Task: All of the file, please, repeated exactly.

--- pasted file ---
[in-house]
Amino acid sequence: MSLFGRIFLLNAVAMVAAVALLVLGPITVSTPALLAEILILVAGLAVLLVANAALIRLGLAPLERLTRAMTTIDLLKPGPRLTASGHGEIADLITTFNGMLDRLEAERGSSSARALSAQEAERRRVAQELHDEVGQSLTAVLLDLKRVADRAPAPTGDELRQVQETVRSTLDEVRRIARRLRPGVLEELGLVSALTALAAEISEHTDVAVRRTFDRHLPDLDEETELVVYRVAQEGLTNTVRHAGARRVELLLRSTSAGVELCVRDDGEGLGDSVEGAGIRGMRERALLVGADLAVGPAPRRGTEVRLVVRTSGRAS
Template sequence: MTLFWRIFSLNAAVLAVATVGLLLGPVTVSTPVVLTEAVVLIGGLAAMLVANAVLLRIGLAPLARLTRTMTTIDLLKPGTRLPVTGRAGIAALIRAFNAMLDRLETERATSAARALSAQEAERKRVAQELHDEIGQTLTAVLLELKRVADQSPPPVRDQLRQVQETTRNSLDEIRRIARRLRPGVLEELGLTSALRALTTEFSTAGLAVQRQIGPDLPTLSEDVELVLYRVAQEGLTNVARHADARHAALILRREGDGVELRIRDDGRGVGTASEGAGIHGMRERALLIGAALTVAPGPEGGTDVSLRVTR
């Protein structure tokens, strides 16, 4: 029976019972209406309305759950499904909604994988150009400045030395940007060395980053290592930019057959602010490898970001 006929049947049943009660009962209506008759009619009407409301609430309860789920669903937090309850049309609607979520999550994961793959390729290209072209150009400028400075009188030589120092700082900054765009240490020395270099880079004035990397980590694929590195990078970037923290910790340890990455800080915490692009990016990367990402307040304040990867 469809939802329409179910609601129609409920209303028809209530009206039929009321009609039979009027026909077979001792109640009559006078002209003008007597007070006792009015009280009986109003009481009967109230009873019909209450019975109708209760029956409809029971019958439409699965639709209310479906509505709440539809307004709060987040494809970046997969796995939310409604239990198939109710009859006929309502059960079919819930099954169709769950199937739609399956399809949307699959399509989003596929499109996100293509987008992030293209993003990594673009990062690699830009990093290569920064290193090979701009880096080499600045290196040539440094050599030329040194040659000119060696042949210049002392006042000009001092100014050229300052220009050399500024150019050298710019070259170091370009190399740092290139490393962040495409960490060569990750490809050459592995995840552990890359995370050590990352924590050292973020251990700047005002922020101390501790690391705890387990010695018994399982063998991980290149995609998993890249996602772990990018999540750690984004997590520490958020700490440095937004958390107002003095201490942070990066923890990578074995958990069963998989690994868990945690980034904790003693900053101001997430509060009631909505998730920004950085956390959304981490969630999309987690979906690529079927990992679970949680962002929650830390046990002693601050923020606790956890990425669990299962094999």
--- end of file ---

[in-house]
Amino acid sequence: MSLFGRIFLLNAVAMVAAVALLVLGPITVSTPALLAEILILVAGLAVLLVANAALIRLGLAPLERLTRAMTTIDLLKPGPRLTASGHGEIADLITTFNGMLDRLEAERGSSSARALSAQEAERRRVAQELHDEVGQSLTAVLLDLKRVADRAPAPTGDELRQVQETVRSTLDEVRRIARRLRPGVLEELGLVSALTALAAEISEHTDVAVRRTFDRHLPDLDEETELVVYRVAQEGLTNTVRHAGARRVELLLRSTSAGVELCVRDDGEGLGDSVEGAGIRGMRERALLVGADLAVGPAPRRGTEVRLVVRTSGRAS
Template sequence: MTLFWRIFSLNAAVLAVATVGLLLGPVTVSTPVVLTEAVVLIGGLAAMLVANAVLLRIGLAPLARLTRTMTTIDLLKPGTRLPVTGRAGIAALIRAFNAMLDRLETERATSAARALSAQEAERKRVAQELHDEIGQTLTAVLLELKRVADQSPPPVRDQLRQVQETTRNSLDEIRRIARRLRPGVLEELGLTSALRALTTEFSTAGLAVQRQIGPDLPTLSEDVELVLYRVAQEGLTNVARHADARHAALILRREGDGVELRIRDDGRGVGTASEGAGIHGMRERALLIGAALTVAPGPEGGTDVSLRVTR
């Protein structure tokens, strides 16, 4: 029976019972209406309305759950499904909604994988150009400045030395940007060395980053290592930019057959602010490898970001 006929049947049943009660009962209506008759009619009407409301609430309860789920669903937090309850049309609607979520999550994961793959390729290209072209150009400028400075009188030589120092700082900054765009240490020395270099880079004035990397980590694929590195990078970037923290910790340890990455800080915490692009990016990367990402307040304040990867 469809939802329409179910609601129609409920209303028809209530009206039929009321009609039979009027026909077979001792109640009559006078002209003008007597007070006792009015009280009986109003009481009967109230009873019909209450019975109708209760029956409809029971019958439409699965639709209310479906509505709440539809307004709060987040494809970046997969796995939310409604239990198939109710009859006929309502059960079919819930099954169709769950199937739609399956399809949307699959399509989003596929499109996100293509987008992030293209993003990594673009990062690699830009990093290569920064290193090979701009880096080499600045290196040539440094050599030329040194040659000119060696042949210049002392006042000009001092100014050229300052220009050399500024150019050298710019070259170091370009190399740092290139490393962040495409960490060569990750490809050459592995995840552990890359995370050590990352924590050292973020251990700047005002922020101390501790690391705890387990010695018994399982063998991980290149995609998993890249996602772990990018999540750690984004997590520490958020700490440095937004958390107002003095201490942070990066923890990578074995958990069963998989690994868990945690980034904790003693900053101001997430509060009631909505998730920004950085956390959304981490969630999309987690979906690529079927990992679970949680962002929650830390046990002693601050923020606790956890990425669990299962094999």